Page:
What We Know About iCloud, and What We Don’t

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Late Wednesday evening, the registration for the iCloud.com domain switched on to reveal that Apple is indeed in possession of the address as originally reported by GigaOM. Apple also began registering the iCloud trademark in Europe on Wednesday, signalling it’s all systems go ahead of the iCloud product unveiling at WWDC next week.

The prospective iCloud service has managed to steal a lot of the spotlight away from iOS 5 and Mac OS X Lion, the other two products being shown off by Apple at WWDC. That may be because we know less about iCloud than we do the other two, or because all things cloud seem to be capturing the tech media’s attention lately. Whatever the reason, the past few days have seen a bevy of reports describing what a shipping iCloud could potentially look like.

Everything That’s Fit to Stream

In addition to music streaming — a feature widely reported on as music licensing negotiations are said to have reached a successful conclusion — Cnet also reports Apple is also in talks with film studios to allow for cloud movie storage and streaming, too. Presumably, this service would be similar to the one being discussed for music, but there’s a barrier according to Cnet’s sources: the so-called HBO blackout, which allows HBO exclusive broadcast rights of films from three of the top six movie studios when it’s actively airing their content.

Apple could still negotiate deals with the other three in time for launch, but even if the reports are accurate, don’t count on seeing movies and TV show streaming and storage announced this time around.

A Data Center That Means Business

Apple’s North Carolina Data Center is a serious beast. According to Envisioneering Group  Analyst Richard Doherty in an interview with USA Today , it “may be the most powerful data center ever, outside of government,” and “will be able to handle millions of streams per minute without any network hiccups.”

Apple clearly wants to make sure that when it unveils the future of consumer cloud technology, it’s more than able to meet demand and scale rapidly.

MobileMe Upgraded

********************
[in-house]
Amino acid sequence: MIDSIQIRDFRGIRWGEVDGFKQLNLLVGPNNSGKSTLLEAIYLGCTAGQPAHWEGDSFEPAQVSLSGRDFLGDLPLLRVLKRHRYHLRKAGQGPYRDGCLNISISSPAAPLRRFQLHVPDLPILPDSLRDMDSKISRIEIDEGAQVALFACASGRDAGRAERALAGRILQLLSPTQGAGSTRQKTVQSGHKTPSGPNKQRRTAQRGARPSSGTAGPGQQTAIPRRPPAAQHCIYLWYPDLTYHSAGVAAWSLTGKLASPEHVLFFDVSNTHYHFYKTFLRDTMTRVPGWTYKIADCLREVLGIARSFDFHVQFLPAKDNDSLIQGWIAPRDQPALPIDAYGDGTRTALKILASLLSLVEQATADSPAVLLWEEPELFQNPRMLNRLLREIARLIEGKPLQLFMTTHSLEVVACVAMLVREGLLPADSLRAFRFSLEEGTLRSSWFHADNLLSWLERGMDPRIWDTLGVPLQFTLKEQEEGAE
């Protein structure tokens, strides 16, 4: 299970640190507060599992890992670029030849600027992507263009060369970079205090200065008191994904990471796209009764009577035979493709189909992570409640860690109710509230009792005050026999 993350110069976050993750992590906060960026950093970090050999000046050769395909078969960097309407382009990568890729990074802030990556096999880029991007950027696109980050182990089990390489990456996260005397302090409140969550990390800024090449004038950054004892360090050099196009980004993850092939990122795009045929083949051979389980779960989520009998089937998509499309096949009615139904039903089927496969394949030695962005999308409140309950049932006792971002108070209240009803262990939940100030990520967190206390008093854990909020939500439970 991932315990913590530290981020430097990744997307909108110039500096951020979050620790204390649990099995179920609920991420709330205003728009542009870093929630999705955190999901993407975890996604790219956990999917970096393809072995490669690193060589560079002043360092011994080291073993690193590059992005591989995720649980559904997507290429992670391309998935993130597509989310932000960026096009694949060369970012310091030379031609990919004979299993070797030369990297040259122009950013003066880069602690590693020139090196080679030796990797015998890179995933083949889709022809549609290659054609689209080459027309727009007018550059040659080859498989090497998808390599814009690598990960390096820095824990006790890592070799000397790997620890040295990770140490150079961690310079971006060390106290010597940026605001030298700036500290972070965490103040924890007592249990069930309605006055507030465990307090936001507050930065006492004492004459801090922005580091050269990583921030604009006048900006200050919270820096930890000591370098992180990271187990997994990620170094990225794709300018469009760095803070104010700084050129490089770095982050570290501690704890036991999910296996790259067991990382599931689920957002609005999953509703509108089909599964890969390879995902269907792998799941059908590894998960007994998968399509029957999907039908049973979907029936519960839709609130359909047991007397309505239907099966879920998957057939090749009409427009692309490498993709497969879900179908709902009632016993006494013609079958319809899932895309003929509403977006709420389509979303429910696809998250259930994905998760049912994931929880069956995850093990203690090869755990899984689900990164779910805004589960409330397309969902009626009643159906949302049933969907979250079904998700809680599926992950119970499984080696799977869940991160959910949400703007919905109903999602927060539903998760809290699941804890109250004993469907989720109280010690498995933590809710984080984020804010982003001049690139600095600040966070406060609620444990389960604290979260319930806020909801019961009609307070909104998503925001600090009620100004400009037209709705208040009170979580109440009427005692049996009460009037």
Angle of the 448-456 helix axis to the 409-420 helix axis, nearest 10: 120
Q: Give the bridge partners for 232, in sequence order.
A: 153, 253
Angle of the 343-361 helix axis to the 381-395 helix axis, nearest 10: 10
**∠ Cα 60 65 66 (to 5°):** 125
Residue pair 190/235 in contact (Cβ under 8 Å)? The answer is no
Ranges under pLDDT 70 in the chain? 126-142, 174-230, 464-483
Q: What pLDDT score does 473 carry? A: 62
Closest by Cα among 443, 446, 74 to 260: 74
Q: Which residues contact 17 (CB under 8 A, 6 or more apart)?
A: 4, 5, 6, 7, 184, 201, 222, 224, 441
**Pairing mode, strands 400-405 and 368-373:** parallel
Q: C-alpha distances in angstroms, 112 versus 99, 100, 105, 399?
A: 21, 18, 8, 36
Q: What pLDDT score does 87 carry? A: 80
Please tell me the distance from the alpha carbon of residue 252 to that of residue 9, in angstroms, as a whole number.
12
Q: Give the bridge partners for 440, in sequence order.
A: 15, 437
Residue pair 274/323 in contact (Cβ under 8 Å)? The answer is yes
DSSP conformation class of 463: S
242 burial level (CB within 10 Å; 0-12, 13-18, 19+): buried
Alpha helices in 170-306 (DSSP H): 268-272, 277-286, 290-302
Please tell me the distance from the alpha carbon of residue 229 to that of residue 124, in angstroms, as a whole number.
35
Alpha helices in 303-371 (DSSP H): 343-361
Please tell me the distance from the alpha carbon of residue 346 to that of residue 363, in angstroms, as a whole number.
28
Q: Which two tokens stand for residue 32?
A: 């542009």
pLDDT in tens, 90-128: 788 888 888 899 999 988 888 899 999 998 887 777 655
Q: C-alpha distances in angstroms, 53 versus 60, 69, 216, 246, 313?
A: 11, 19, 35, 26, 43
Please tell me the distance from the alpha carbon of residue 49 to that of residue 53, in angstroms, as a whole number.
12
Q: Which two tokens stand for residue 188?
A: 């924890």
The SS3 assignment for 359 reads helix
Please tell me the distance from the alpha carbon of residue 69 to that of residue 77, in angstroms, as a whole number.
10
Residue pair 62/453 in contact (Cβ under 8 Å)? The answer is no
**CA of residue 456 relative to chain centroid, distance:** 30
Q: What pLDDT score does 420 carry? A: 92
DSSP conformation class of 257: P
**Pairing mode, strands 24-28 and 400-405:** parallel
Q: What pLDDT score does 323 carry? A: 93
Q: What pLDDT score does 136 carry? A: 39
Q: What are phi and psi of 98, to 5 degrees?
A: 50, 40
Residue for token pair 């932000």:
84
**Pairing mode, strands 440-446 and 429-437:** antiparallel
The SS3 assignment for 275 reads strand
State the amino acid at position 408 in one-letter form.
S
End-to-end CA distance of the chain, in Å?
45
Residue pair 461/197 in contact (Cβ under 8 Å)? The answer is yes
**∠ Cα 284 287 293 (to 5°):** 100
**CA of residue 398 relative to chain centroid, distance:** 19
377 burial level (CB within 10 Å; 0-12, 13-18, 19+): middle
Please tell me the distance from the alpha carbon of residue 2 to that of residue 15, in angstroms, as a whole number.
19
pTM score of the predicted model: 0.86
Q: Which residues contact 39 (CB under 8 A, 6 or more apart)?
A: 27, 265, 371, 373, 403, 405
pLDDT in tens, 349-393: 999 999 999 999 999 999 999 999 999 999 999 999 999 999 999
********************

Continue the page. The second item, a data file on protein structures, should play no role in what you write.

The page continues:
Apple will most likely use the iCloud brand to take over the duties of its current cloud syncing and storage offering, MobileMe. That means it should provide email, notes, calendar and bookmarks syncing, along with the Find My iPhone and Find My iPad services. There have also been reports that a Find My Mac service could make its way into OS X Lion, but the service might fall under the iCloud suite of offerings, too. It would allow Mac owners to register their device, so that they can later be tracked easily via a web-based interface, and be locked or wiped remotely to prevent unauthorized use.

Free or Fee?

The MobileMe service iCloud will reportedly replace costs users $99 per year, but AppleInsider reports that some of iCloud’s services will be offered free to users who upgrade to OS X Lion, the next generation of Apple’s desktop operating system. But other features, such as music streaming, will cost extra based on the fees associated with Apple’s licensing agreements with content providers, reports say. One early report pegged Apple’s streaming music fees at around $20 per year, but little else has been forthcoming on the subject since.

People who want to use iCloud services without upgrading to Lion will reportedly have to pay the $99 annual fee currently associated with MobileMe.

We won’t have to wait long before we see what Apple has in store for iCloud, but in my opinion, it’s the unknown variables that make it the product to watch for during Monday’s keynote. Can Apple do for consumer streaming what it has done for PCs and mobile devices? Let us know what you think in the comments.

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